Compensation: Theory, Evidence, and Strategic Implications
`Gerhart and Rynes provide a thorough, comprehensive review of the vast literatures relevant to compensation. Their insights regarding the integration of economic, psychological and management perspectives are particularly enlightening. This text provides an invaluable tool for those interested in advancing our understanding of compensation practices' - Alison Barber, Eli Broad College of Business, Michigan State UniversityCompensation provides a comprehensive, research-based review of both the determinants and effects of compensation. Combining theory and research from a variety of disciplines, authors Barry Gerhart and Sara Rynes examine the three major compensation decisions - pay level, pay structure and pay delivery systems.Revealing the impact of different compensation policies, this interdisciplinary volume examines: the relationship between performance-based pay and intrinsic motivation; implications of individual pay differentials for team or unit performance; the consequences of pay for performance policies; effect sizes and practical significance of compensation findings; and directions for future research.Compensation considers why organizations pay people the way they do and how various pay strategies influence the success of organizations. Critically evaluating areas where research is inconsistent with common beliefs, Gerhart and Rynes explore the motivational effects of compensation.Primarily intended for graduate students in human resource management, psychology, and organizational behaviour courses, this book is also an invaluable reference for compensation management consultants and organizational development specialists.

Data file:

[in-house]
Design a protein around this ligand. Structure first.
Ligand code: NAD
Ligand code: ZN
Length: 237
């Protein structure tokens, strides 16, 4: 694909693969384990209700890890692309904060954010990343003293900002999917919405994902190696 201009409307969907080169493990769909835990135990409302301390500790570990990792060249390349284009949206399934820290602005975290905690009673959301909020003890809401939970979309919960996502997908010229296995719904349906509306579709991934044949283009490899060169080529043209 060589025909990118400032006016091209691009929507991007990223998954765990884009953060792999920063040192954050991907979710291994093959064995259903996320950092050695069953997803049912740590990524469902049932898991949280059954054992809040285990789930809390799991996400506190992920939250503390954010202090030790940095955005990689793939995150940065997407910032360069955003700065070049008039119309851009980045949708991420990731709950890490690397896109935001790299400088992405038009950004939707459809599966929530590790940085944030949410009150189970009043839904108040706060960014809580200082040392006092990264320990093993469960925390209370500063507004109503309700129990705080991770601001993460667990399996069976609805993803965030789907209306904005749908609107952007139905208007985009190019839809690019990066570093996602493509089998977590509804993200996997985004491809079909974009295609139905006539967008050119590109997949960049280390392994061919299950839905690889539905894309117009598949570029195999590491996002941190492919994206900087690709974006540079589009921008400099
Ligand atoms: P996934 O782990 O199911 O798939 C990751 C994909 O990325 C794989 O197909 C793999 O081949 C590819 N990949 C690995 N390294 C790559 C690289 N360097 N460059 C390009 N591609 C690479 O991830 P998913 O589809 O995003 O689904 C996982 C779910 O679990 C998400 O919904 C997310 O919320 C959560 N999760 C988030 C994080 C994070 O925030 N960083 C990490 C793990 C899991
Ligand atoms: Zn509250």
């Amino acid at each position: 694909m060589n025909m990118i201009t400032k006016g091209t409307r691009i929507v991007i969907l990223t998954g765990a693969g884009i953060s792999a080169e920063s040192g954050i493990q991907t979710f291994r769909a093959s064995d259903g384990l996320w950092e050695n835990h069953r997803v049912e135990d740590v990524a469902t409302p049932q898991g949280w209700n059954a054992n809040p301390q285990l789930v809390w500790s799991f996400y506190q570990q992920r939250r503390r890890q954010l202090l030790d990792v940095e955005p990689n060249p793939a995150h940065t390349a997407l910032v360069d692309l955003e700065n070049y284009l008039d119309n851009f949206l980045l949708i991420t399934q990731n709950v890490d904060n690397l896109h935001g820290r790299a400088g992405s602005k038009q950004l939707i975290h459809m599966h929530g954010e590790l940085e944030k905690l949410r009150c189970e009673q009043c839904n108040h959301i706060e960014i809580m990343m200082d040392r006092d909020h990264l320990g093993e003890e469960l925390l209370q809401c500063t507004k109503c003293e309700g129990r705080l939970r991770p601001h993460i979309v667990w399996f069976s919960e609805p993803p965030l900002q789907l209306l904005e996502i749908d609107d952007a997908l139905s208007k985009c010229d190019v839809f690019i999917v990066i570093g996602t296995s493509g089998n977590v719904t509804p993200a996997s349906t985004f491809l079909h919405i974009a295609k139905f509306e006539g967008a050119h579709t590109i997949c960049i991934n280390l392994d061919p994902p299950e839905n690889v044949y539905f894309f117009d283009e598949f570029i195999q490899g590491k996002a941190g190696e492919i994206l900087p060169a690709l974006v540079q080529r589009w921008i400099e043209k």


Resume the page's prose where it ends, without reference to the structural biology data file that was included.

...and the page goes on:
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ability actually addition advantage agency alignment appear associated attraction average basis behaviors benefits changes Chapter companies compensation competitive consistent contract costs decisions depends determinants differentials difficult discussion earnings economic effects efficiency effort empirical employees evidence examined example executive expected fact factors findings firms focus Gerhart goal greater higher human important incentive increase individual industry influence interest issue labor less lower managers mean measures merit pay motivation noted observed organizational organizations outcomes particularly pay level pay strategy performance person plans positive possible potential practices predicted problems processes productivity profit programs promotion psychological question rates received relationship relative reported rewards risk salary sharing Specifically stock options structure substantial suggests tend theory tion types unit variables wage workers
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Managing Human Resources: Personnel Management in Transition
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